RACED RELIGION AND SOCIAL SOLIDARITY IN THE UNITED STATES
American Mosaic Project Mini-Conference
University of Minnesota, Twin Cities
October 23, 2020
The American Mosaic Project and the University of Minnesota, Twin Cities department of sociology present "Raced Religion and Social Solidarity," a virtual mini-conference. Exploring the relationship between religion, race, politics, and civil society, this event draws together a diverse panel of scholars from institutions across the United States. Date and time: 23 October 2020, 10:45-2:15 PM. Registration (link below) is free but required; once registered, attendees will be sent a link to the Zoom meeting.
BAM 2019 Report
The American Mosaic Project's most recent report, based on "Wave 2.5" of the Boundaries of the American Mosaic survey, can be accessed here.
(All Times are Central Time)
10:45 AM-11:00 AM
Opening Comments: Douglas Hartmann
11:00 AM-12:15 PM
Session 1: Religion, Civil Society, and Solidarity
Rhys Williams, Loyola University Chicago - on "Assuming Whiteness in Twentieth-Century American Religion" in Religion is Raced
Omar McRoberts, University of Chicago - on "Civil Religion and Black Church Political Mobilization " in Religion is Raced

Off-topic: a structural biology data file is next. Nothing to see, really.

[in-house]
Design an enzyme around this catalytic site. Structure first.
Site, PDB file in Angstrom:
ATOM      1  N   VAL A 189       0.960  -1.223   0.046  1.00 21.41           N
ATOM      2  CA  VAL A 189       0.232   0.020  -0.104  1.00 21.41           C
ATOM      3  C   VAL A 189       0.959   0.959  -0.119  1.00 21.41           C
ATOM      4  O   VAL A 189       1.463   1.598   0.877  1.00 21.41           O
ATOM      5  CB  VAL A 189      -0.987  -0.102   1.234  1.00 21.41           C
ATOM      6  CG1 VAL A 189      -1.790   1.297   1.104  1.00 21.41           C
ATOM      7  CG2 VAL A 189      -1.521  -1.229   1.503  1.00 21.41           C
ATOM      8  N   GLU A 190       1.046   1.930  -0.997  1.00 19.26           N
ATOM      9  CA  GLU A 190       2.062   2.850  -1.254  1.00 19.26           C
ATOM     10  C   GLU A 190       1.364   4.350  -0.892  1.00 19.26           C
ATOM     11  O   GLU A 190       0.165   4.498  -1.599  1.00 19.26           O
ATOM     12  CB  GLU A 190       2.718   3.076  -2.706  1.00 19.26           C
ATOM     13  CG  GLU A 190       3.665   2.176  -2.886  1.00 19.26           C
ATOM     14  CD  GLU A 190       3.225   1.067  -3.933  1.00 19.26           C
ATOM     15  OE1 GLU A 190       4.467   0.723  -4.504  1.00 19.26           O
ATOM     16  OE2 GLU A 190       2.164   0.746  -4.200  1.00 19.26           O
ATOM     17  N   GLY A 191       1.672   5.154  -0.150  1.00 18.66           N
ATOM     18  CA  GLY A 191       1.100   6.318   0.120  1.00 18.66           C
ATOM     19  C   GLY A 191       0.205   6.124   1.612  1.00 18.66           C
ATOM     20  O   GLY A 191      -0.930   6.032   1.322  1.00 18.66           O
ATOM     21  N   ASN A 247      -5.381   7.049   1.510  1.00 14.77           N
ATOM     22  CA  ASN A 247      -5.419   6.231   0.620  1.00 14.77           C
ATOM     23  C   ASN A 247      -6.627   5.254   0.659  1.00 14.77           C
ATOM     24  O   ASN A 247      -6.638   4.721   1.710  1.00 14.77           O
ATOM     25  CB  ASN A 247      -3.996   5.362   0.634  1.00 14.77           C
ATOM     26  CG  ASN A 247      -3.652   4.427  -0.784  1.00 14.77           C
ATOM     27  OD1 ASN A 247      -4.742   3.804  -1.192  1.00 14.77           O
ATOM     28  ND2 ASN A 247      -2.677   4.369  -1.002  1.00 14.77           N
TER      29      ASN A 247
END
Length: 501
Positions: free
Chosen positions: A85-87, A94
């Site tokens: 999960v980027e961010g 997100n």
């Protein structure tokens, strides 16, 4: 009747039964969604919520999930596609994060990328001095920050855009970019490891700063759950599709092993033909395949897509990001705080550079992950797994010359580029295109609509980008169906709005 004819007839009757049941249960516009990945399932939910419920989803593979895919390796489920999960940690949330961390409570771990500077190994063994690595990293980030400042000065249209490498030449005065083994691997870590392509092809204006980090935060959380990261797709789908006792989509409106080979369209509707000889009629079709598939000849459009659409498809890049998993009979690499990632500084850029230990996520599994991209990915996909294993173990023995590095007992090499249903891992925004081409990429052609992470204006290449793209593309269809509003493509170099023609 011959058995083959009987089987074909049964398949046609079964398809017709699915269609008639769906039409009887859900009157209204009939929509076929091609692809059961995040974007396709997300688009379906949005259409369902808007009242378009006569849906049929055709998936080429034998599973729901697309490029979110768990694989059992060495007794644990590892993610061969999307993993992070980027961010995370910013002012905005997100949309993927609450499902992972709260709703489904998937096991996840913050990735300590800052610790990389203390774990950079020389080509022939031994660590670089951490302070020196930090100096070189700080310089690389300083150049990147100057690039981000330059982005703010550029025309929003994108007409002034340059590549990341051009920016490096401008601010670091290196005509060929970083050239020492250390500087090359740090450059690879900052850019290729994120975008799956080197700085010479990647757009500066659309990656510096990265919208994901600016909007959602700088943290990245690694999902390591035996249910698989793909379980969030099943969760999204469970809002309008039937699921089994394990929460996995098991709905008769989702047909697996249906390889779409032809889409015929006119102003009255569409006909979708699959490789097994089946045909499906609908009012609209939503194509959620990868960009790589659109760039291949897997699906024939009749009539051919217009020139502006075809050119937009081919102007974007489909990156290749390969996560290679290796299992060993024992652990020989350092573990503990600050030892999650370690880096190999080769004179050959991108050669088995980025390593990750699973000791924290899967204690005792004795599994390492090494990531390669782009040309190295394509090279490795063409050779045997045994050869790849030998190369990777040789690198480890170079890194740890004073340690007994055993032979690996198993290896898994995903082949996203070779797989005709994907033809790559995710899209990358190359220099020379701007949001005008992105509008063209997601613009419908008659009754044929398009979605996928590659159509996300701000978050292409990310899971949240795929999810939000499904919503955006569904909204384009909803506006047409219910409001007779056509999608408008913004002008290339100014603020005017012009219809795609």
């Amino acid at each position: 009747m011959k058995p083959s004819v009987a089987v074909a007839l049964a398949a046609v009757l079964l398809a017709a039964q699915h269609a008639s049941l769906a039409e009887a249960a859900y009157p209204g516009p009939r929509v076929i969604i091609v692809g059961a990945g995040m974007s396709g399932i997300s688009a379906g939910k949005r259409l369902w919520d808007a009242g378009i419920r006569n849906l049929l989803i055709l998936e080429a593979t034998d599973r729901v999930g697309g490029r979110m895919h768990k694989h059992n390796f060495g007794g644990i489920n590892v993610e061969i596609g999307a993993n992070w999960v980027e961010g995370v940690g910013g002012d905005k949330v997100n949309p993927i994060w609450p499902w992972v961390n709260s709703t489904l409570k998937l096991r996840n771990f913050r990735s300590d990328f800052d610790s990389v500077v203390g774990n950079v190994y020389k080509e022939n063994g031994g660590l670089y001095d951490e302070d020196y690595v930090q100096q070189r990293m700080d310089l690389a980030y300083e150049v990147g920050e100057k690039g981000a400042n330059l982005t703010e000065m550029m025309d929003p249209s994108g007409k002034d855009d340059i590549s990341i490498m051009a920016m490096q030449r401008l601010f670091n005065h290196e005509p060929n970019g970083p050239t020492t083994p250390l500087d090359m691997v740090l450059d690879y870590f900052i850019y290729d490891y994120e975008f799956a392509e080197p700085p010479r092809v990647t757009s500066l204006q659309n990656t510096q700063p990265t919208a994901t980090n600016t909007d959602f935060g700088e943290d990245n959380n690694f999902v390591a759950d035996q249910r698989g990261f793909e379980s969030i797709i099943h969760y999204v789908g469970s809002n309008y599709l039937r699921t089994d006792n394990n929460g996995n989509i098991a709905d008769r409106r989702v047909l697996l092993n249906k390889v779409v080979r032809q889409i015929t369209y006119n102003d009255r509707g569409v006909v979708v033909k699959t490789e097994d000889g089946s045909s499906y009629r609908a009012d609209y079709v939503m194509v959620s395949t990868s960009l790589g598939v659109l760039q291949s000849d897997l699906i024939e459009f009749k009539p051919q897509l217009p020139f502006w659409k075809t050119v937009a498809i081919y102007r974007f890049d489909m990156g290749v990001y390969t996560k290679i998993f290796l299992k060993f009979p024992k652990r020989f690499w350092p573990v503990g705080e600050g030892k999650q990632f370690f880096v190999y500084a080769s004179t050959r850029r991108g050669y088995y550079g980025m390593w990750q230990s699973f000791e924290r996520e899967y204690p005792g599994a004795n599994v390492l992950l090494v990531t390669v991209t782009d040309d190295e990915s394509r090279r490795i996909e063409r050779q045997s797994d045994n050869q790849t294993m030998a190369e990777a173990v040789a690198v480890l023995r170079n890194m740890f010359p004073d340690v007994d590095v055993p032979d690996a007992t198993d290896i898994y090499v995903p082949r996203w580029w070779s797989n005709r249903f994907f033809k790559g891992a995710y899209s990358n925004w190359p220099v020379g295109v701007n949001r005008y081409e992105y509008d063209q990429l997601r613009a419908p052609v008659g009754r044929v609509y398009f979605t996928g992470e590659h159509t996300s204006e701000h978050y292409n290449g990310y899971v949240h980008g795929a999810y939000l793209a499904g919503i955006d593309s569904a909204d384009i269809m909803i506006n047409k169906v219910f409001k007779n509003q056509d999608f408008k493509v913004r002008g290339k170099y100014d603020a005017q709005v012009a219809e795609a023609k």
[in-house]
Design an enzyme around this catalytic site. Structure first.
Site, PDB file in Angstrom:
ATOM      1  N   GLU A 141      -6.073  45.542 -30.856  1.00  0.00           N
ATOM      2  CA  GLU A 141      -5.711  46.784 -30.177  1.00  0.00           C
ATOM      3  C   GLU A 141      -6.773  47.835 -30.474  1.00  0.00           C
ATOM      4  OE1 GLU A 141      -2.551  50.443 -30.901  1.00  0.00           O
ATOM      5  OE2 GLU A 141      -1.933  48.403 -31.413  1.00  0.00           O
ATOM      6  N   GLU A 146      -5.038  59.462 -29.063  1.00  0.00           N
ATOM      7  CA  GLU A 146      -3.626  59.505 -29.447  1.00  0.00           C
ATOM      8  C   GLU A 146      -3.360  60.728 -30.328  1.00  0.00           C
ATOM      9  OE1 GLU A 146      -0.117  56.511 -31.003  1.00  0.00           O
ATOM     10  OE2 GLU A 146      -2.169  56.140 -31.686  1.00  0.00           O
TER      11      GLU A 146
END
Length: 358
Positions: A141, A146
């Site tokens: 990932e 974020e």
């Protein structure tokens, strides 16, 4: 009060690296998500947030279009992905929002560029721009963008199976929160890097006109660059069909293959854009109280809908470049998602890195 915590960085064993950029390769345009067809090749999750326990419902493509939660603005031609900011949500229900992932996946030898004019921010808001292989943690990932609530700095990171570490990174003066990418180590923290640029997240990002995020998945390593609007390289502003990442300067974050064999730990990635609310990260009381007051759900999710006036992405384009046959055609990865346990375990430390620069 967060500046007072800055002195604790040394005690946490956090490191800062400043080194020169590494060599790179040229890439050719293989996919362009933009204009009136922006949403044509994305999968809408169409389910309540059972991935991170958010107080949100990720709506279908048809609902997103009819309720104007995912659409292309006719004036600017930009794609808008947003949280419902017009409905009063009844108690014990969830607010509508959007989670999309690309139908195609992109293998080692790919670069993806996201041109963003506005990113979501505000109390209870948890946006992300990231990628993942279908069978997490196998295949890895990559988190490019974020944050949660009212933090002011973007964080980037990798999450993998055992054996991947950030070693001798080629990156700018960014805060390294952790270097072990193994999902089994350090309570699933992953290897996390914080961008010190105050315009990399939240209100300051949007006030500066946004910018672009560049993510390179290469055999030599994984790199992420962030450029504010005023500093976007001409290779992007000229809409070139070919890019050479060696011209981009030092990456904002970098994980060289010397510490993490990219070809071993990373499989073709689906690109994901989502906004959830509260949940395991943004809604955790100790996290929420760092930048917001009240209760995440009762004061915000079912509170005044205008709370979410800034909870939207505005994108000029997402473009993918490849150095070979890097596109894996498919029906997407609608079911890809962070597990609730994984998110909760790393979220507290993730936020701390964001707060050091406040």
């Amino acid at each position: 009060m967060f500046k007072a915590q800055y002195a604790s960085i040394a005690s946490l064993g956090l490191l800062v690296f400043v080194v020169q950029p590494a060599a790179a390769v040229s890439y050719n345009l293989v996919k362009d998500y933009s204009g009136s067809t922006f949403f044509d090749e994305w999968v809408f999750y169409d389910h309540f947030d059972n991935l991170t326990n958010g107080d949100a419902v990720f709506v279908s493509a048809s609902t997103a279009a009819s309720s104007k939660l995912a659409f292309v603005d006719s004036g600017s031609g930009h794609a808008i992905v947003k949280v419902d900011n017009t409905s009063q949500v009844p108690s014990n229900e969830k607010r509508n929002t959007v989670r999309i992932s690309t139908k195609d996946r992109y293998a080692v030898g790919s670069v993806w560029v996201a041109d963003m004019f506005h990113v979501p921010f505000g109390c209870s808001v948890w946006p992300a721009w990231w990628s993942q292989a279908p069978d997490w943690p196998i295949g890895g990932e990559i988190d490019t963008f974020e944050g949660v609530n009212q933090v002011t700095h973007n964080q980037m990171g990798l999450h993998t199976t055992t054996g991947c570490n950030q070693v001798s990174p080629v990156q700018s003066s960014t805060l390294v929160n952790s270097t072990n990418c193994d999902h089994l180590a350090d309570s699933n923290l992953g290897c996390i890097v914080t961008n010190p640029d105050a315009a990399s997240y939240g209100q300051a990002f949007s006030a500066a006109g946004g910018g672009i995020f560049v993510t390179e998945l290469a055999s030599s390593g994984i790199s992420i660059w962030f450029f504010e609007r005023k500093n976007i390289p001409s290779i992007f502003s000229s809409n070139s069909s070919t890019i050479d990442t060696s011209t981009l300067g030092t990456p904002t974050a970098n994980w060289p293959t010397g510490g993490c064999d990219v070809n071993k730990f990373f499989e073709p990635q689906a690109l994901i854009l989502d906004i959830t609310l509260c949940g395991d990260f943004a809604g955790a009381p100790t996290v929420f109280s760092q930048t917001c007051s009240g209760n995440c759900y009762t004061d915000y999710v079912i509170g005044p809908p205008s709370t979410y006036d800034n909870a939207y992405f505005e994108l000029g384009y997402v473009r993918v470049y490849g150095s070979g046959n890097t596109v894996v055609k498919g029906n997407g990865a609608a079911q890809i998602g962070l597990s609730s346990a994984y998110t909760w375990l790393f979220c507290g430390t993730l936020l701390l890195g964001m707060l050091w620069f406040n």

Philip Gorski, Yale University - on the distinctions between religious nationalism and civil religion
Sikivu Hutchinson, Author, playwright, director - on "Intersectional Politics among Atheists and Humanists of Color" in Religion is Raced
Click here for more information on Religion is Raced, NYU Press
1:00 PM-2:15 PM
Session 2: Race, Religion, and National Identity in the United States
Joseph Gerteis, University of Minnesota - anti-Muslim sentiment and overlapping forms of "otherness"
Ruth Braunstein, University of Connecticut - on religion and national narratives on the left and right
Discussant: Eric McDaniel, University of Texas at Austin
The American Mosaic Project at the University of Minnesota, Twin Cities, studies what brings Americans together, what divides us, and the implications of our diversity for our political and civic life. We are most concerned with how Americans themselves understand the nature and consequences of diversity for their own lives and for our society as a whole. Click here for more information.